南有喬木、不可休息。 漢有游女、不可求思。 漢之廣矣、不可泳思。 江之永矣、不可方思。
翹翹錯薪、言刈其楚。 之子于歸、言秣其馬。 漢之廣矣、不可泳思。 江之永矣、不可方思。
翹翹錯薪、言刈其蔞 。 之子于歸、言秣其駒 。 漢之廣矣、不可泳思 。 江之永矣、不可方思 。
In the south rise the trees without branches, Affording no shelter. By the Han are girls rambling about, But it is vain to solicit them. The breadth of the Han Cannot be dived across; The length of the Jiang Cannot be navigated with a raft.
Many are the bundles of firewood; I would cut down the thorns [to form more]. Those girls that are going to their future home, -- I would feed their horses. The breadth of the Han Cannot be dived across; The length of the Jiang, Cannot be navigated with a raft.
Many are the bundles of firewood; I would cut down the southern wood [to form more]. Those girls that are going to their future home, -- I would feed their colts. The breadth of the Han Cannot be dived across; The length of the Këang Cannot be navigated with a raft.
Ode 9. Allusive, and metaphorical. The virtuous manners of the Young Women about the Han and the Këang.
Through the influence of Wăn, the dissolute manners of the people, and especially the women, in the regions south from Chow, had undergone a great transformation. The praise of the ladies in the piece, therefore, is to the praise of Wăn. So say both Choo and Maou, the 'Little Preface' ceasing here to speak of T'ae-sze. The first 4 lines of each stanza are allusive, the poet proceeding always from the first two lines to the things alluded to in them or intended by them. The last 4 lines are metaphorical, no mention being made of the poet's inner meaning in them. To bring that out, we should have to supply, -- 'Those ladies are like.' See the remarks of Lew Kin (劉瑾; Yuen dyn.) appended to Choo's 'Collection of Comments,' --in the Yung-ching she.
St.1. L.1. The south here is difft. from that in Ode II. The connection makes us refer it to the States in Yang-chow and King-chow. 喬木 means 'lofty trees with few or no branches low down.'
L.2. The 息 unites well enough with 休 of cognate meaning; but it can hardly be other than an error which has crept into the text, instead of 思, the particle with which all the other lines conclude, elsewhere found also at the end of lines. In those lofty trees, giving no shelter, we have an allusion to the young ladies immediately spoken of, virtuous and refusing their favours. L.3. The Han, -- see the Shoo, III. i. Pt. li. 8. L.6. 泳 = 潛行, 'to go hidden in the water,' to dive. L.8. Choo defines 方 (or 舫) by 柎, and Maou by 泭; these characters are synonyms, meaning a raft; here = 'to be rafted,' to be navigated with a raft. L.7. The Këang, -- see the Shoo on III.i. pt. ii.9. -- Rafts are seen constantly on the Këang. Does not the Text indicate that in the time of the poet the people had not learned to venture on the mighty stream?
Stt. 2,3. The first four lines in these stanzas are of difficult interpretation. 錯 is explained by 雜, 'mixed,' 'made up of different components,' so that 錯薪 = 'bundles of faggots of different kinds of wood, or of wood and grass or brushwood together.' 翹翹 is given by Maou as indicating 'the appearance of the faggots;' but he does not say in what way. Choo says the phrase indicate 'the appearance of rising up flourishingly;' but how can this apply to the bundle of faggots? Two other meanings of the phrase are given in the dict., either of which is preferable to this: viz., 'numerous (眾),' which I have adopted; and high-like (高貌).' 楚 is a species of thorn-tree (荊屬); and 蔞 is a species of Artemisia. It is also called 蒿蔞 and 蔞蒿, which last Medhurst calls 'a kind of southernwood.' It is described as growing in low places, and marshy grounds, with leaves like the mugwort, of a light green, fragrant and brittle. When young, the leaves may be eaten, and after words, they may be cooked for food. The reference to them in the text, however, is not because of their use for food, but, like the thorns, for fuel. The plant grows, it is said, several feet high; and even, with ourselves, the southernwood acquires a woody stem, after a few years. 秣 (Shwo Wăn, 食末) . 馬 is a full-grown horse, six cubits high and upwards;' 駒, is a colt, a young horse, 'between 5 and 6 cubits high;' but stress cannot be laid on the specific difference in the meaning of such terms, which are employed in order to vary the rhymes. But now, what relation was there between the piles of faggots, and cutting down the thorns and the southernwood? and how are the first two lines allusive of what is stated in the next two? Lacharme does not try to indicate this in his notes, and his translation is without Chinese sanction, and in itself unjustifiable. The nearest approach to a satisfactory answer to those questions that I have met with, is the following: -- Cutting down the thorns and the southernwood was a toilsome service performed for the faggots, but such was the respect inspired by the virtuous ladies whom the speaker saw, that he was willing to perform the meanest services for them. This I have endeavoured to indicate in the translation, though the nature of the service done to the faggots is not expressed by any critic as I have done. See the 'Complete Digest' in loc., and the various suggestions in the Collection of Opinions (集說),' given in the imperial edition.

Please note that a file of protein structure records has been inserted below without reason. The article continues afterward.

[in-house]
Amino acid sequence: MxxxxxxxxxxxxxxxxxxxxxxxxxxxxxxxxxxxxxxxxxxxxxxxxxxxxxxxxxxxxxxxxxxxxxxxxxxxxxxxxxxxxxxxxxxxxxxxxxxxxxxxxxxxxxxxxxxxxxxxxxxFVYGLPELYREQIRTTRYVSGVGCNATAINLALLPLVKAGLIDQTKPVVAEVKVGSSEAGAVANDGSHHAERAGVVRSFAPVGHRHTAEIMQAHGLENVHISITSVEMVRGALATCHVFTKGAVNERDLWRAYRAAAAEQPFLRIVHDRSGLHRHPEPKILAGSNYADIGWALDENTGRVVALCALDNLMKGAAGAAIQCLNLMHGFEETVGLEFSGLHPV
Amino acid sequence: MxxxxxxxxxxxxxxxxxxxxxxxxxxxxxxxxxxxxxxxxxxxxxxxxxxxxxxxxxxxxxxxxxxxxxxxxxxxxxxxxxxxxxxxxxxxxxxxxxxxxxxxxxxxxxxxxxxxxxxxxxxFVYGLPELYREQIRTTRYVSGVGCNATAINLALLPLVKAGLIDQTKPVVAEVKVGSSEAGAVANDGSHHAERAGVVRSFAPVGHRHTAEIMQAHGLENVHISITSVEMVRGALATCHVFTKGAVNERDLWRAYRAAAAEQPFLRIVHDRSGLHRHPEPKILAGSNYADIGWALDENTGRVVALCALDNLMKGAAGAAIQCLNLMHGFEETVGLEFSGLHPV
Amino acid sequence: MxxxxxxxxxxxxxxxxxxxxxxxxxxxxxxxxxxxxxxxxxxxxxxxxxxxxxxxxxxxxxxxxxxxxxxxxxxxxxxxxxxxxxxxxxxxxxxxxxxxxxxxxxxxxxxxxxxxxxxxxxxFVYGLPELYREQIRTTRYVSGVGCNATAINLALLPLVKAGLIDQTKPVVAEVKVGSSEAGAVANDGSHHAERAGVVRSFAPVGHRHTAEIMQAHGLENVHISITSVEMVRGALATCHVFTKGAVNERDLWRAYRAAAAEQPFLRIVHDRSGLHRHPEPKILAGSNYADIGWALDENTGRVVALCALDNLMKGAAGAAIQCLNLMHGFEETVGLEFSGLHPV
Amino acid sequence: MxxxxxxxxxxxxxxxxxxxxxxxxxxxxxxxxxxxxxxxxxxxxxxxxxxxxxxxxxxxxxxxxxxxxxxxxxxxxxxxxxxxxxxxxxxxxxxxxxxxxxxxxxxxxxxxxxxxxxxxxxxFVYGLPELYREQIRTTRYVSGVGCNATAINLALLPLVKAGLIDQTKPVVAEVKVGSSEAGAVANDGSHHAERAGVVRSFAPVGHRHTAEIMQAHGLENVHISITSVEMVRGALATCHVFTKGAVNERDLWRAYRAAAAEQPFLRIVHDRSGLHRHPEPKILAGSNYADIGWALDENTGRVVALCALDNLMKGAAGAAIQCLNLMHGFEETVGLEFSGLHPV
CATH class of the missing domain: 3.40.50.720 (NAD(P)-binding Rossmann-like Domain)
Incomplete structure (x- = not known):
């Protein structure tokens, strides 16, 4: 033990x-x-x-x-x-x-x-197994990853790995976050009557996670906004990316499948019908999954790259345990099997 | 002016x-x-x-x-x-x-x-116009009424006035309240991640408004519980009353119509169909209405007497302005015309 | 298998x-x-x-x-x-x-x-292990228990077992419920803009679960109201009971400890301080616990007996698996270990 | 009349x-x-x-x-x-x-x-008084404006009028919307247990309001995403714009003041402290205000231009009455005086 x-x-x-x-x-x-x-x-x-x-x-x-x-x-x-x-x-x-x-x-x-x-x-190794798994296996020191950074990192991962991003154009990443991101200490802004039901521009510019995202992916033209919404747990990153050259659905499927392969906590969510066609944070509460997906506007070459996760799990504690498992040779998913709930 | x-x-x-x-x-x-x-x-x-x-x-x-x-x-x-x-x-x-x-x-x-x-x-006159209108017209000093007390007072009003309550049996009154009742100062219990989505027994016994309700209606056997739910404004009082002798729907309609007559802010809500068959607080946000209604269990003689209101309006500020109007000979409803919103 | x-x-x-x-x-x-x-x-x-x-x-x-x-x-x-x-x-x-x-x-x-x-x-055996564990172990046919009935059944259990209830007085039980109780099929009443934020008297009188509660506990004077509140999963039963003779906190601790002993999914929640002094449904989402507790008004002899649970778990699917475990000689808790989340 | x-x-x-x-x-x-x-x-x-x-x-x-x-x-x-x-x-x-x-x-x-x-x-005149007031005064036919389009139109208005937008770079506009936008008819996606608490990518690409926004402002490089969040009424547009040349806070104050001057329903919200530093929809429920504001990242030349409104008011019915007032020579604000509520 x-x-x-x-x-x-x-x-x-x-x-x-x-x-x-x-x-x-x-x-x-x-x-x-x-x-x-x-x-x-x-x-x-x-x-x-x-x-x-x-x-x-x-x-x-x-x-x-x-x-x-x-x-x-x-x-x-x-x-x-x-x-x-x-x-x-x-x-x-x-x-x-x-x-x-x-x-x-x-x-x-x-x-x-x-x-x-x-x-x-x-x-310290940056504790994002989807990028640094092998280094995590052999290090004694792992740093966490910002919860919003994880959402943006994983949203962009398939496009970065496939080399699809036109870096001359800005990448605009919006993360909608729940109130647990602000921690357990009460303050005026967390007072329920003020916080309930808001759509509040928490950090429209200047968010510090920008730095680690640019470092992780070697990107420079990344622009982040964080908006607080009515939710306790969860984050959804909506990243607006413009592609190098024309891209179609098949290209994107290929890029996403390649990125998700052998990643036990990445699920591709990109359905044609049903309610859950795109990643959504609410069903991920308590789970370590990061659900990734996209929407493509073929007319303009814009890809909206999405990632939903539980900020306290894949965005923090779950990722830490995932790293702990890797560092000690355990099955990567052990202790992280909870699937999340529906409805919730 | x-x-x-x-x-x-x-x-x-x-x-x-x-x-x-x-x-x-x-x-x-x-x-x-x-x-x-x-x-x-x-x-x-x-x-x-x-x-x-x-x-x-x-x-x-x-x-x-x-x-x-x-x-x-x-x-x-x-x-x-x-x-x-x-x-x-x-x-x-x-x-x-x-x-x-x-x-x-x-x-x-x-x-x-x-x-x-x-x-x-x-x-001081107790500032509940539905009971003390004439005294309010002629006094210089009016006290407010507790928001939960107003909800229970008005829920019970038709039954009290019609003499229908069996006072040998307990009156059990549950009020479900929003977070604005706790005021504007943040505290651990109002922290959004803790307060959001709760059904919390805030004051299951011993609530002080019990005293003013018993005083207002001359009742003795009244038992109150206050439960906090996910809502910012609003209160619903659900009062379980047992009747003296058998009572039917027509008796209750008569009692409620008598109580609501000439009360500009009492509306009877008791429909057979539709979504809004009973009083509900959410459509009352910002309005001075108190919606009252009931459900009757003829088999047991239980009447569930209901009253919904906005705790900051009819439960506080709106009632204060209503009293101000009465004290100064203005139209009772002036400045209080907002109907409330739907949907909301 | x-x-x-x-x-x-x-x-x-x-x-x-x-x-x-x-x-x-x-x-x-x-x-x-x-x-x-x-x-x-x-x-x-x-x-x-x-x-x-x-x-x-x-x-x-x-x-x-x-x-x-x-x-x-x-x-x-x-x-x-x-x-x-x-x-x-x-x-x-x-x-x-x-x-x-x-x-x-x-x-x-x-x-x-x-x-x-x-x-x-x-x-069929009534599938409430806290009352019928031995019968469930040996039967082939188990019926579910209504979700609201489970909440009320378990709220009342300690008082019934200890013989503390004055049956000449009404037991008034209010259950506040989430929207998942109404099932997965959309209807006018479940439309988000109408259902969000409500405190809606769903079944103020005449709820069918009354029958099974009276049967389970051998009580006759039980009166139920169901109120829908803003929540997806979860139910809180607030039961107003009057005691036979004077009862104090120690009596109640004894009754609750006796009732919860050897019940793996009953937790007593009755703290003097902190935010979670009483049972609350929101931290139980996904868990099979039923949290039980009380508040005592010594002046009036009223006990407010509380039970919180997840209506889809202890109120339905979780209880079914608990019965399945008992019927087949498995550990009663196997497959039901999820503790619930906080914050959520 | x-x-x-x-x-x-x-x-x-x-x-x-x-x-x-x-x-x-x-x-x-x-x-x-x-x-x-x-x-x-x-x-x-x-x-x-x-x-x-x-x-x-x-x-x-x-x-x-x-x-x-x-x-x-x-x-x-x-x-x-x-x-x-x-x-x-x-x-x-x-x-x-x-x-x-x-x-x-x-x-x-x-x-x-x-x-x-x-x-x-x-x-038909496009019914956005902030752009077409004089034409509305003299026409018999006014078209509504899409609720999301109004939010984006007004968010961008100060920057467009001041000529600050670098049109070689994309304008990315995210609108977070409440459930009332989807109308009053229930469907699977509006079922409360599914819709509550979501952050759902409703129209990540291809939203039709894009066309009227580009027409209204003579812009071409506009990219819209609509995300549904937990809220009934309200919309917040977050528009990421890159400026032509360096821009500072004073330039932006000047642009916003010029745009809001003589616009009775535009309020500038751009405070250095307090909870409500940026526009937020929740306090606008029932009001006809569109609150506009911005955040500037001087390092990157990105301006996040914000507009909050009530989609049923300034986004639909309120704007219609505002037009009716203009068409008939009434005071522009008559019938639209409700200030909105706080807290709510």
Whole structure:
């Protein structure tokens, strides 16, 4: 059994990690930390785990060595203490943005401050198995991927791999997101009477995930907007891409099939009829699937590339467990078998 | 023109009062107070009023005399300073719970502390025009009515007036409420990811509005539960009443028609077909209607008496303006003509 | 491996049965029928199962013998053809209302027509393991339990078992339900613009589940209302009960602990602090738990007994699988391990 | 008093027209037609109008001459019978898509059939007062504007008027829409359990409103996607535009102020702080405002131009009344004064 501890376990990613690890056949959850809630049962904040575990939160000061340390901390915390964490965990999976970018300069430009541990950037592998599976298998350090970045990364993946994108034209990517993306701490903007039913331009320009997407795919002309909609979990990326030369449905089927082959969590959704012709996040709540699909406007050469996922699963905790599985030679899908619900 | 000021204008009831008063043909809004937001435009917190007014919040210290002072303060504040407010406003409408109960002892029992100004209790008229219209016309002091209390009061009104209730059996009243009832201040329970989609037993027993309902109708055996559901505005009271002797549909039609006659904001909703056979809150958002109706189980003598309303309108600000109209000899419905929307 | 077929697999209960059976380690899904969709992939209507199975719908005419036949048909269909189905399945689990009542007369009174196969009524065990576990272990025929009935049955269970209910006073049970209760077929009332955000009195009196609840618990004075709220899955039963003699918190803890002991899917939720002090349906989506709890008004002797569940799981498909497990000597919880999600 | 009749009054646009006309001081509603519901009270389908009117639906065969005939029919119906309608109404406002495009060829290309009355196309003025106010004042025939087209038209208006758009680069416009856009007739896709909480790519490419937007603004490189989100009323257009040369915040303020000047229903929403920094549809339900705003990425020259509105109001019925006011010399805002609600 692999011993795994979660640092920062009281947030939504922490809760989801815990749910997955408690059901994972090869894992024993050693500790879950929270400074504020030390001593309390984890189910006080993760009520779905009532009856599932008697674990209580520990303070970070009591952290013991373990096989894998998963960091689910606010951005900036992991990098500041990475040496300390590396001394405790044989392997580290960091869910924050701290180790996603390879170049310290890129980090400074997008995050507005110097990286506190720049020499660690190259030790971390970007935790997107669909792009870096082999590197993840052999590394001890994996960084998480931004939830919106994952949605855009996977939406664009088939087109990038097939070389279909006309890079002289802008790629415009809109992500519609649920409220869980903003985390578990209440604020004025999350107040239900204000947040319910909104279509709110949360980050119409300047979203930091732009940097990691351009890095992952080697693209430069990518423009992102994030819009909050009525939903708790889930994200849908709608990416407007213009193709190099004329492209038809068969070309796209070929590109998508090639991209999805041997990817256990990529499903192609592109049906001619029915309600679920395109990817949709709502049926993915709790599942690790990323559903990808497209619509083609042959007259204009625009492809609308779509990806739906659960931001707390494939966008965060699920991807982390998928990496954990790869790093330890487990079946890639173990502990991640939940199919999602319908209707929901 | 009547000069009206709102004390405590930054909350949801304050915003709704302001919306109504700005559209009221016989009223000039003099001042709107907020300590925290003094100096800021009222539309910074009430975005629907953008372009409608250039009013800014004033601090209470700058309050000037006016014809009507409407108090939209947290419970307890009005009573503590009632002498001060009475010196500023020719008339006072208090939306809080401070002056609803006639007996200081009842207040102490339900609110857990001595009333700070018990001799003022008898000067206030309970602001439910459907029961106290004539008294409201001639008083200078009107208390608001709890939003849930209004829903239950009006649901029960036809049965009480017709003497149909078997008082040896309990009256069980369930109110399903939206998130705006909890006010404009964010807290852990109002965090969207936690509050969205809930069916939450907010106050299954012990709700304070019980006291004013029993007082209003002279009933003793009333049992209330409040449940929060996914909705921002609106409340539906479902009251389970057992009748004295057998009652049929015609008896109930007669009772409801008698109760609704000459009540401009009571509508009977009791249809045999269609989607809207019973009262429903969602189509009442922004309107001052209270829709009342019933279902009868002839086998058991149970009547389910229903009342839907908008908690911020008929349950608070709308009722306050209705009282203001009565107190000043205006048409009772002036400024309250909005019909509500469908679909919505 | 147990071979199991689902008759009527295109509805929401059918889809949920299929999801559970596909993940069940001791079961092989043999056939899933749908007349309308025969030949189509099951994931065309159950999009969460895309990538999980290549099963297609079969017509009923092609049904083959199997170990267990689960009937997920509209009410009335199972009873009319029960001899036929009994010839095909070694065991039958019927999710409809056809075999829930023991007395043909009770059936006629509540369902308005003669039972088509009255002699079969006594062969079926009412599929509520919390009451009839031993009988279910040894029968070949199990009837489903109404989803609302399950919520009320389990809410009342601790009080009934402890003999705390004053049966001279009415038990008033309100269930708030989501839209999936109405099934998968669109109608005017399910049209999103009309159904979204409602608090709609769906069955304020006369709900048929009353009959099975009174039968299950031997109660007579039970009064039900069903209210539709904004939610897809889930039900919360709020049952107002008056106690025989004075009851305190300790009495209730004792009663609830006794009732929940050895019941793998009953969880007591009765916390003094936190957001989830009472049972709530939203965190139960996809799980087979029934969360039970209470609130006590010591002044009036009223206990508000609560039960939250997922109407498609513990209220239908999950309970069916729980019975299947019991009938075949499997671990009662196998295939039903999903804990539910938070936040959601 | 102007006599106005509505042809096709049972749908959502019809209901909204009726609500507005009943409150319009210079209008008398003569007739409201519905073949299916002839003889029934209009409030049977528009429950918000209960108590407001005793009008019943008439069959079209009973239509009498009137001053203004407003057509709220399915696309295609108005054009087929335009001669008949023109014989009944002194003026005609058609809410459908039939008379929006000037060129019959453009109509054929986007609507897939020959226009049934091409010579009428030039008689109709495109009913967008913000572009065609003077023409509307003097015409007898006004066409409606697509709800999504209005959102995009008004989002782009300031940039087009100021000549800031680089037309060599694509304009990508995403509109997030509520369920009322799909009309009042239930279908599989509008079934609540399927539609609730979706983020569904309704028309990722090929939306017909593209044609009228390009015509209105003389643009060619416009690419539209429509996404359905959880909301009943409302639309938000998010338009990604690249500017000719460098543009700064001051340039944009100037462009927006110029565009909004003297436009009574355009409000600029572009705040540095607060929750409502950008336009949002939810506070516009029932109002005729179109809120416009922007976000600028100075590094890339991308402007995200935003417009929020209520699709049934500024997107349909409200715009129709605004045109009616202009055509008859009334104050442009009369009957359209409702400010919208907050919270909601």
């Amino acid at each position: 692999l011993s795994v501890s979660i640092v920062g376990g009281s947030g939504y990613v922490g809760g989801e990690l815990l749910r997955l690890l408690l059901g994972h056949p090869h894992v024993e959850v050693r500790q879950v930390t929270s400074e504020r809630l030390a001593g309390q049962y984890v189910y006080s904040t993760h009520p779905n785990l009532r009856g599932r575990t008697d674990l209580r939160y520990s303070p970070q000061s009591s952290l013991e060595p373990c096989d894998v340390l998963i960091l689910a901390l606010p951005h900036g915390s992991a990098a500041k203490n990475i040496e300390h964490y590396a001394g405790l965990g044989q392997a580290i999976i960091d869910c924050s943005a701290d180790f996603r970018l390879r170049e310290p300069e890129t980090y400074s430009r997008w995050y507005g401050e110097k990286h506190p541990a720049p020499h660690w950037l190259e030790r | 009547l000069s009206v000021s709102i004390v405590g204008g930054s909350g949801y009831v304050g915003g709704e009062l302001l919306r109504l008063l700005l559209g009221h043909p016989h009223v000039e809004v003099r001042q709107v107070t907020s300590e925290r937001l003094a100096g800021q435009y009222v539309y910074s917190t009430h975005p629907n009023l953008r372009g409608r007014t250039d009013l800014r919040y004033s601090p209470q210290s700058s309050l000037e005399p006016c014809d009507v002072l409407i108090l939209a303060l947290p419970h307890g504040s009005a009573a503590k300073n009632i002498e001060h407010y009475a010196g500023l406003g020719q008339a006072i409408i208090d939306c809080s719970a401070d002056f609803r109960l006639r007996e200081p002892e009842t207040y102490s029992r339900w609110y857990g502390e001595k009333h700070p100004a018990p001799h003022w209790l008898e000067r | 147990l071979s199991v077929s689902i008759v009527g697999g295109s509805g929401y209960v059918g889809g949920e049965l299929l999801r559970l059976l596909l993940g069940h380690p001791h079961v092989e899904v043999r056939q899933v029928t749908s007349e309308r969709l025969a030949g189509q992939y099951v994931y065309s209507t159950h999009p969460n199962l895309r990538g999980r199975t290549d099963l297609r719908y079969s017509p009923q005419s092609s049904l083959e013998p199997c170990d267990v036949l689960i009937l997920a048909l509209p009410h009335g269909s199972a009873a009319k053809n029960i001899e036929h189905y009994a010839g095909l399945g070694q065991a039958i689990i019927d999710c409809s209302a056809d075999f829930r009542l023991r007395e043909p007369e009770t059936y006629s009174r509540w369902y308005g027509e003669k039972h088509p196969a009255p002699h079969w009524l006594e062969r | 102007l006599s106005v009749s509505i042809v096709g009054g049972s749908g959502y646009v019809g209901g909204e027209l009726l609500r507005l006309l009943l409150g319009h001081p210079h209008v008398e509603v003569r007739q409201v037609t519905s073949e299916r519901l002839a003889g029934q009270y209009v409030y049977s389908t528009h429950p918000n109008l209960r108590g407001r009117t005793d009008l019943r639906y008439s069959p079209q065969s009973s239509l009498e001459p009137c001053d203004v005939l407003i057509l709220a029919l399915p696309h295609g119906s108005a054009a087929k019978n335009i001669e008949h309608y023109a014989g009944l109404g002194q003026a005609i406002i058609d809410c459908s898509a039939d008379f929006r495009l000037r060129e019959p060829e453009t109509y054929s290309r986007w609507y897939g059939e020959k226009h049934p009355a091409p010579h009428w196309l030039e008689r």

The rhymes are -- in st.1, 休, 求; in 2, 楚, 馬*, in 3, 蔞, 駒*; in all stanzas, 廣, 泳*, 永, 方.